- Considerations of "Modern life"
- Creative writing
- Joie de vivre
- New York City
- The law
An aspect of 2046 that’s always confounded and fascinated me is how Tony Leung spoke Cantonese while Gong Li and Zhang Ziyi spoke Mandarin. Or really just scenes where two parties in a conversation are speaking to each other in essentially different languages. I have always always wondered why or what the point of it is, because I’m sure it’s not just that that’s what the actors’ native dialects are (I am almost certain Tony Leung can manage the few lines of Mandarin his role would’ve required, however feeble the attempt might have been).
I never looked this up, of course, because, actually it never occurred to me that I could do that until just now when I thought about writing this post.
So, but, anyway, yesterday was a friend’s birthday and a guy from our section posted on her wall in Hebrew (birthday girl is Chinese, I assume he said something like happy birthday), and she replied thank you in Chinese. This made me think of this schema of communication which sounds so disjointed. Then it occurs to me that this may not even come up for a non-Chinese speaker, though, the dialects truly are so distinct that I think it should be fairly apparent to anyone watching Wong Kar Wai (assuming you’re not just a fetishist).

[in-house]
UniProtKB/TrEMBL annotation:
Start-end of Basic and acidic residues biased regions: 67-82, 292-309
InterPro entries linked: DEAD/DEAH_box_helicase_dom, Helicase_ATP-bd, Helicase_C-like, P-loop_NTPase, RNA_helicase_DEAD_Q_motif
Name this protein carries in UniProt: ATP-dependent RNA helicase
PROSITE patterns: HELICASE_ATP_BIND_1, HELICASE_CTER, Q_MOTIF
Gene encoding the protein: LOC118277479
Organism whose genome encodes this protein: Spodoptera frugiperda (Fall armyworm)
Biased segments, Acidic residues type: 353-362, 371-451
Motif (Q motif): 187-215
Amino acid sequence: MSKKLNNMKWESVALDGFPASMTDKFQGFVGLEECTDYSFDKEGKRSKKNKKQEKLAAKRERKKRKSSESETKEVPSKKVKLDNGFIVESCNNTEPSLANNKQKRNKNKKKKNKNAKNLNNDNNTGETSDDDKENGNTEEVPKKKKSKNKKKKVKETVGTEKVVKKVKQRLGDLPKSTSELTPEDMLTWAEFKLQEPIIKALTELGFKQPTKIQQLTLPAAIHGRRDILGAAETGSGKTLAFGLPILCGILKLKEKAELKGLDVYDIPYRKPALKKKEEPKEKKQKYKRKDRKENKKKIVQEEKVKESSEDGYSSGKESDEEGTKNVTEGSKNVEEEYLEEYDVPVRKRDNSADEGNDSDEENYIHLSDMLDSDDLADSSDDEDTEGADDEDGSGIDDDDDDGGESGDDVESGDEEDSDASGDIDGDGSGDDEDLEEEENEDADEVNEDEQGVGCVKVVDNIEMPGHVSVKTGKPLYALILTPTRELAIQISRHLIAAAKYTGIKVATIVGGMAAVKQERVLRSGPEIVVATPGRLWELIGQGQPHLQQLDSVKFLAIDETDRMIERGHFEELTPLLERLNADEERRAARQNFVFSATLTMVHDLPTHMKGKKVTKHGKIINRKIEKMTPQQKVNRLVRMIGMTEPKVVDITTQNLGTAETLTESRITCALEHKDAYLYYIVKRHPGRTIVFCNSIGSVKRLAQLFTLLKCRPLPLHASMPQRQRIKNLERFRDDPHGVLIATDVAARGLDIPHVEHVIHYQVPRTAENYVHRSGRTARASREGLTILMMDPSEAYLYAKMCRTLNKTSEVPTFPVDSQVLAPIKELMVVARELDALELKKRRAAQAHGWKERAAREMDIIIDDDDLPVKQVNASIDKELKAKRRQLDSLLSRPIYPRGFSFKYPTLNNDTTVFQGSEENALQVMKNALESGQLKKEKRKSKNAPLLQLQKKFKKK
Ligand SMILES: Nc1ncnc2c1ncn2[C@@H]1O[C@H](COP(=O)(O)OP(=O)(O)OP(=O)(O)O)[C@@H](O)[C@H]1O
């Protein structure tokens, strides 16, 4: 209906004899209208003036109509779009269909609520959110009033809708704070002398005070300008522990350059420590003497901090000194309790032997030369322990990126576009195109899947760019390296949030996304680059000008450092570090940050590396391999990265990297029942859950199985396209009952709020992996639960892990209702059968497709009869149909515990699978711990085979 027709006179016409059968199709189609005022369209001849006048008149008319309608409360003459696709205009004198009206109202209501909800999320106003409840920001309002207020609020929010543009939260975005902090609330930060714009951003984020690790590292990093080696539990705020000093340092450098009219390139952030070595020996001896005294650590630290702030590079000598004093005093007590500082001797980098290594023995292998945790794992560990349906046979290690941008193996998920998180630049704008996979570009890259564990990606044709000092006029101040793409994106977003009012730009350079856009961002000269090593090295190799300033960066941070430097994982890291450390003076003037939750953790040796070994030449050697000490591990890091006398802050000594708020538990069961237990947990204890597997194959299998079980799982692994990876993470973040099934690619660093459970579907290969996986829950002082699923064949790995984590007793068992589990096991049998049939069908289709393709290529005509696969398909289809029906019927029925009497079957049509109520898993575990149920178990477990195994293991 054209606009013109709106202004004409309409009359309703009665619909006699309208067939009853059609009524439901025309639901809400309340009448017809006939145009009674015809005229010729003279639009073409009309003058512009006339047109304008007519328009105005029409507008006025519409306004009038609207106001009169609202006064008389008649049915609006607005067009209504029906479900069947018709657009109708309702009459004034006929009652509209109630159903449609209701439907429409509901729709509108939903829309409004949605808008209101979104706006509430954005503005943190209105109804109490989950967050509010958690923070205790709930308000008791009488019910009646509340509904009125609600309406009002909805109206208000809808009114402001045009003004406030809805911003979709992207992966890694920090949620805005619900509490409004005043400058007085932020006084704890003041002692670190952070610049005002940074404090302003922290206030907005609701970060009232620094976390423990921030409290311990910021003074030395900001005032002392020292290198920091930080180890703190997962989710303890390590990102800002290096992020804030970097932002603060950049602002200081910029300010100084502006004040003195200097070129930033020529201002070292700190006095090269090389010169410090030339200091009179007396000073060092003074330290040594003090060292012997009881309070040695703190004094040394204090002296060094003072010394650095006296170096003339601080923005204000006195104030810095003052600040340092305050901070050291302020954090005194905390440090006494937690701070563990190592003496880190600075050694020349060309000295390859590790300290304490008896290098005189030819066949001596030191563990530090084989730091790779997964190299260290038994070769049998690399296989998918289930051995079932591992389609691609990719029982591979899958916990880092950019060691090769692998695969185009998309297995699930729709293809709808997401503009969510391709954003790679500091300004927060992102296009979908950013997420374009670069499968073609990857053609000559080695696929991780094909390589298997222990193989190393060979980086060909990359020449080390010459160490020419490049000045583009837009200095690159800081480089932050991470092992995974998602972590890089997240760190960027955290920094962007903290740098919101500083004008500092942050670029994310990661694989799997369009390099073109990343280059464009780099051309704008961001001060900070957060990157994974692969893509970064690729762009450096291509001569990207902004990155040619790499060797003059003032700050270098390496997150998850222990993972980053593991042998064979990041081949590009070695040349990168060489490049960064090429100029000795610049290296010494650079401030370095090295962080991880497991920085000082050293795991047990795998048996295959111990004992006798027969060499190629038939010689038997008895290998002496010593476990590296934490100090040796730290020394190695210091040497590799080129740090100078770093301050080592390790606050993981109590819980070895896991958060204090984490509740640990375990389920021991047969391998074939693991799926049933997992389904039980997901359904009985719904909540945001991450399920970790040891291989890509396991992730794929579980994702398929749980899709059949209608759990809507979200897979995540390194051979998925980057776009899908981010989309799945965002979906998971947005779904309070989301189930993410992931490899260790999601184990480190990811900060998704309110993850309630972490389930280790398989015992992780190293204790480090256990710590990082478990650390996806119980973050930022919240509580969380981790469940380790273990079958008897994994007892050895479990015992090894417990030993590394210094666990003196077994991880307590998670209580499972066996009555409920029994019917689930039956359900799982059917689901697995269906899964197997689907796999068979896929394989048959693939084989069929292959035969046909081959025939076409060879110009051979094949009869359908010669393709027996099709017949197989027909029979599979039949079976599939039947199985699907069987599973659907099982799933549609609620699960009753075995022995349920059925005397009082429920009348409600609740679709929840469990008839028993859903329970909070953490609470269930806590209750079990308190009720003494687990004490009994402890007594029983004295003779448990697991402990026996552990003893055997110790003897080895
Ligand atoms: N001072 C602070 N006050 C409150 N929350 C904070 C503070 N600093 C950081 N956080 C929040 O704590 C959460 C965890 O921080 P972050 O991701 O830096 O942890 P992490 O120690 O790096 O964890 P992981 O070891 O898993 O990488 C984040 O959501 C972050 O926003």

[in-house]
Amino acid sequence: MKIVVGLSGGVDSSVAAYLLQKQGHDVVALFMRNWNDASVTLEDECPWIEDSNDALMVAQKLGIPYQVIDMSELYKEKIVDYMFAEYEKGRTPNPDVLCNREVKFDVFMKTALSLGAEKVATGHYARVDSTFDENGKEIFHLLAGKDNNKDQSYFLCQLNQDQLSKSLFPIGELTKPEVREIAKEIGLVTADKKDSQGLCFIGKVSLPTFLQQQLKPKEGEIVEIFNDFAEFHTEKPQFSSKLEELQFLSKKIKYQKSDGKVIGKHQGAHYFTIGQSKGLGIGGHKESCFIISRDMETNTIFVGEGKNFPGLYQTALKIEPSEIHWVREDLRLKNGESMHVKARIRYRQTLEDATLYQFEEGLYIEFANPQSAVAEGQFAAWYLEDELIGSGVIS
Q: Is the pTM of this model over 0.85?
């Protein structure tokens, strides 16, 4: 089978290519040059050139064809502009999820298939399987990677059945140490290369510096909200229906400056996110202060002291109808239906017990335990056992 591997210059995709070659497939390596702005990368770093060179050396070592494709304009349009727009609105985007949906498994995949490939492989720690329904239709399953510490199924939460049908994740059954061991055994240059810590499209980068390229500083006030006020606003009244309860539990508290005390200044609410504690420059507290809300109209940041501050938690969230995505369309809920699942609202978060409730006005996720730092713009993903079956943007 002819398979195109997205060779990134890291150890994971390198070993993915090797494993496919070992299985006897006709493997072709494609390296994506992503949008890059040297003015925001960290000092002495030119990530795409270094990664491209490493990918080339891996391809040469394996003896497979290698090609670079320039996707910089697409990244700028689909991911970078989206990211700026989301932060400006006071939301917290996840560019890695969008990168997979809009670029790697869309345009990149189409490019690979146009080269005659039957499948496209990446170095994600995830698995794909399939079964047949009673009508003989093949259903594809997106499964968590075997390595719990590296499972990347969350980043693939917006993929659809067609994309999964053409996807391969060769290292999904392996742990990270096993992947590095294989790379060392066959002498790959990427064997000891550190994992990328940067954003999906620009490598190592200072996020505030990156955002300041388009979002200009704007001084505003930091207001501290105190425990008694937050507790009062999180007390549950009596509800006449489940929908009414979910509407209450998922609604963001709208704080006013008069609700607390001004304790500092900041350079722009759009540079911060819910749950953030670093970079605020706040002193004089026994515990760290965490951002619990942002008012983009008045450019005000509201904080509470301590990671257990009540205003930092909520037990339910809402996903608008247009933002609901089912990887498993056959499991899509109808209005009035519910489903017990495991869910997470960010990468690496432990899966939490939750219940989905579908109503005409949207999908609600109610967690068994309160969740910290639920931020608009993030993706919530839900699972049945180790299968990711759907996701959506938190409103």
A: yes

But so what if it’s not an issue for anyone else? What if people could really communicate like that? There is no language barriers, everyone just understands every nuance of every other language.
Although, the neutralizing effect of removing language barriers would probably also just remove these nuances. There would also be no native language, which I can’t even imagine. Man, is that how monolingual Americans feel? Native language and only language; ride or die.
So then, why 2046?